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With the useless servant thing, I think the Chesters were trying for champagne tastes on a beer budget. They wanted an Anna - someone who could effortlessly manage to keep a big house clean, cook lovely meals, do the laundry, and watch the younger kids in their spare time. What they were offering to pay, though, wasn't enough to hire even a basic competent servant, which were obviously available, as the rest of the family has no problems with domestic staff. So they, naturally, got staff who weren't competent to be hired even as an assistant in another home - one who was dishonest, and another who, by the sounds of it, likely had some sort of mental disability.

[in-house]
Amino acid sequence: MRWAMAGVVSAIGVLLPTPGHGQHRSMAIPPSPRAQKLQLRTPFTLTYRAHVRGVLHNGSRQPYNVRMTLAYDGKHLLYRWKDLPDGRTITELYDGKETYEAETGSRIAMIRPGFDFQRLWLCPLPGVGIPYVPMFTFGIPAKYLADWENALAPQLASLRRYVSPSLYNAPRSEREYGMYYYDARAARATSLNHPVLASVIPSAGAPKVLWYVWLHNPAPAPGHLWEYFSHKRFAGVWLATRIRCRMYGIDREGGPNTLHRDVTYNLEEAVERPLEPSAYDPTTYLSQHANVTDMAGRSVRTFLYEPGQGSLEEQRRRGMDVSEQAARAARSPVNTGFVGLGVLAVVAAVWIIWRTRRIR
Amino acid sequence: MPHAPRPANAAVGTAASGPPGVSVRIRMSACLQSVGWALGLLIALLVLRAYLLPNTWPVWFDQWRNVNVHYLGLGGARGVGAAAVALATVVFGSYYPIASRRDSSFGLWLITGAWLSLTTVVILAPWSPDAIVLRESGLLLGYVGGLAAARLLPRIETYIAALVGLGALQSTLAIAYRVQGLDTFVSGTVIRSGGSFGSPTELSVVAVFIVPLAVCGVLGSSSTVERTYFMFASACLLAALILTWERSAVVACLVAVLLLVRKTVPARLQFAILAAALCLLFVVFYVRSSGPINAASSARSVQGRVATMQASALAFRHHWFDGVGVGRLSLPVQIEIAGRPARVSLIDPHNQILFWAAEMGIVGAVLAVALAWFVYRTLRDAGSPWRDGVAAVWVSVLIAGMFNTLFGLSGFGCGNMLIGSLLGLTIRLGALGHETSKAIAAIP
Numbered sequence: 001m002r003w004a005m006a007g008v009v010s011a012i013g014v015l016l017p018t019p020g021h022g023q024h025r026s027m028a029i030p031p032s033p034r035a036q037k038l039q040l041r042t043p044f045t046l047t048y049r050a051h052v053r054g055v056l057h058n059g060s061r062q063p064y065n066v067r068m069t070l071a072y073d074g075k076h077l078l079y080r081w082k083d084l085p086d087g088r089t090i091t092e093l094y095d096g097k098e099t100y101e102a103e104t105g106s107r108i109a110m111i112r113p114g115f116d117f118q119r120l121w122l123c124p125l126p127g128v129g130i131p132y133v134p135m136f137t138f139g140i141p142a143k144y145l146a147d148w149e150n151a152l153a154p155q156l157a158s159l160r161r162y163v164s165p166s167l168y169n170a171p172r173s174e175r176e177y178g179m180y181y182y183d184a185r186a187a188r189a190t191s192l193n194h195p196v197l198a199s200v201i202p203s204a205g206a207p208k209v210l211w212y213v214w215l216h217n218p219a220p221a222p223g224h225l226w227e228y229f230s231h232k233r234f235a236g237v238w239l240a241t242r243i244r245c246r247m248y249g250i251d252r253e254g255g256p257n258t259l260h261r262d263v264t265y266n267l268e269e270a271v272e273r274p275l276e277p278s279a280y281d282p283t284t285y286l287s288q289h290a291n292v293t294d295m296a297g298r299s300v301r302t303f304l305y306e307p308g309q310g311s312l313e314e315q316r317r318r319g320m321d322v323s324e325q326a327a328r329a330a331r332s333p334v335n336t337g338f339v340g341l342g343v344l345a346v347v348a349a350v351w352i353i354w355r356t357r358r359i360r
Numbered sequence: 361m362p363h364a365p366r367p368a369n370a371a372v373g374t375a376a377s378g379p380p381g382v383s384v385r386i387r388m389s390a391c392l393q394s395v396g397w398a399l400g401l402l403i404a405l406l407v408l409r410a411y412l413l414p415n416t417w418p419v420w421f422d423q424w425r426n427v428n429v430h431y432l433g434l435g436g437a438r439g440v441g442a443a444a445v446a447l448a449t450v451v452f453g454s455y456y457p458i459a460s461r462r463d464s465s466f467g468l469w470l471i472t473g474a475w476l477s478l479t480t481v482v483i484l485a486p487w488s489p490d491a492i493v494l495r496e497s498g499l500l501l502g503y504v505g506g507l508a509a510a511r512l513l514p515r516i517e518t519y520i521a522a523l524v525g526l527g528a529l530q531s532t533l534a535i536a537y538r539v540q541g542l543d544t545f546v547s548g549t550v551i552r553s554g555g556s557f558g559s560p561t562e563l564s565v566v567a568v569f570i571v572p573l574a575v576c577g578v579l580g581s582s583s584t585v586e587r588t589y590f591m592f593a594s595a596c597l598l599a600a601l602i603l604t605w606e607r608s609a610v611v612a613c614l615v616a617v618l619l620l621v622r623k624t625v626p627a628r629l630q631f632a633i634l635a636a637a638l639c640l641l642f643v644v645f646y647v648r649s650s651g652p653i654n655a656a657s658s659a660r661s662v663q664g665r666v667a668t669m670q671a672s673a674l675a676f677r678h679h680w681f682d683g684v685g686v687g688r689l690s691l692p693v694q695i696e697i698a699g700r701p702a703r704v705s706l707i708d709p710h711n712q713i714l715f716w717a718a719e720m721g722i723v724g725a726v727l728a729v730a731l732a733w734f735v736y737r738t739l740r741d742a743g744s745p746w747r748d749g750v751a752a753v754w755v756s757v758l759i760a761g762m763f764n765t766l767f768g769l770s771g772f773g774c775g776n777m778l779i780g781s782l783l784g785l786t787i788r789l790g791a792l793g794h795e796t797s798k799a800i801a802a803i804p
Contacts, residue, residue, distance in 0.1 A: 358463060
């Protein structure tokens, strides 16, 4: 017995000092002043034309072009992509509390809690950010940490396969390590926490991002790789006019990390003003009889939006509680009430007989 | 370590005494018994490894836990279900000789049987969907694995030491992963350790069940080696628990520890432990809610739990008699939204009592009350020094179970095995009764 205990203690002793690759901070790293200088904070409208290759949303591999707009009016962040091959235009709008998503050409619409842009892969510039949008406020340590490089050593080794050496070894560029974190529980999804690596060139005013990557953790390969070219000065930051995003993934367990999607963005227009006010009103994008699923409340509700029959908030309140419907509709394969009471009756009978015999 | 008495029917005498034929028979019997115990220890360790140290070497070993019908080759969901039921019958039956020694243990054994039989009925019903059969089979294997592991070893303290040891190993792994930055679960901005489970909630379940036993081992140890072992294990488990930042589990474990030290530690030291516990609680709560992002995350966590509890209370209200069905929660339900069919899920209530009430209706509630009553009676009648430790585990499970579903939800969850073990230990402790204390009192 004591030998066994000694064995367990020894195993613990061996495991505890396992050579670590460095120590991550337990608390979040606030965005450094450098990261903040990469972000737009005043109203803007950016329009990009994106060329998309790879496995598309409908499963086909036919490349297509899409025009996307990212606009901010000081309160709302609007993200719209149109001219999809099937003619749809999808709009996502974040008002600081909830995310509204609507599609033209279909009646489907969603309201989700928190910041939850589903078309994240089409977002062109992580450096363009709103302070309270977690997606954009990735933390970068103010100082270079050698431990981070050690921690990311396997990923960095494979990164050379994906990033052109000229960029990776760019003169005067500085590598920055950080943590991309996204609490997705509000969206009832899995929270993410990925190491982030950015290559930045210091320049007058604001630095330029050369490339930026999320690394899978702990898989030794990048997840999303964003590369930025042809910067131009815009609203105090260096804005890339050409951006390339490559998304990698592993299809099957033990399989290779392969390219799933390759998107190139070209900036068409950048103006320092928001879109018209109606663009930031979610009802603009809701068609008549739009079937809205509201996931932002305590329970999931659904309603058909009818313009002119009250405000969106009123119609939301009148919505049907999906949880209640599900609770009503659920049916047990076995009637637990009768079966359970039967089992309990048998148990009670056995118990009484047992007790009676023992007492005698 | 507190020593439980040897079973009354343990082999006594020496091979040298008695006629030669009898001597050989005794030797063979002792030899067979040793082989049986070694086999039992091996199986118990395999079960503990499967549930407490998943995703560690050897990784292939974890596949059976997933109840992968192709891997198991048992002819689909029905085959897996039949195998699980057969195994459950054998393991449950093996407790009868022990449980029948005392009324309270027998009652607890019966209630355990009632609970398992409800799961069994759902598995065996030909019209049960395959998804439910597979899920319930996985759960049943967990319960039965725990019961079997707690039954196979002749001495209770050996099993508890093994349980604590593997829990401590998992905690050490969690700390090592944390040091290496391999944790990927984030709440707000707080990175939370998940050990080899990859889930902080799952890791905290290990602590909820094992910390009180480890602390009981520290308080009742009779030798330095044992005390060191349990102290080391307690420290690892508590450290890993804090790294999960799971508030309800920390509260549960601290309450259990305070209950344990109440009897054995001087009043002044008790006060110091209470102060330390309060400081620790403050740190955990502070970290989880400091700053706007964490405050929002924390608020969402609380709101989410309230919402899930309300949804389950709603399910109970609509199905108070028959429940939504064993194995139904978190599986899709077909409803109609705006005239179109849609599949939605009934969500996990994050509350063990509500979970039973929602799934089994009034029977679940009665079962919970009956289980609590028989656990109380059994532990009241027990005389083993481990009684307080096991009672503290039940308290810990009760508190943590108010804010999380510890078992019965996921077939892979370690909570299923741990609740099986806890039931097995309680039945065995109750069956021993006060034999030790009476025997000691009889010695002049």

It's like a modern business that offers half of market rate, expects 60 hour work weeks, and is genuinely baffled as to why their turnover is so high and their employees so incompetent.

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 Post subject: Re: Beth bullied in Janie Steps In
PostPosted: 01 Sep 2016, 03:38 
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[quote]With the useless servant thing, I think the Chesters were trying for champagne tastes on a beer budget.[/quote]

Yes!! They absolutely refused to face reality and come down from their upper middle class lifestyle to one more in keeping with their now much reduced income.

But Janie makes it sound as if it is one of the worse fates to every befall anyone to have to live off the income of a doctor's practice. It is one of the snobbiest passages in the entire series.

Cheers,
Joyce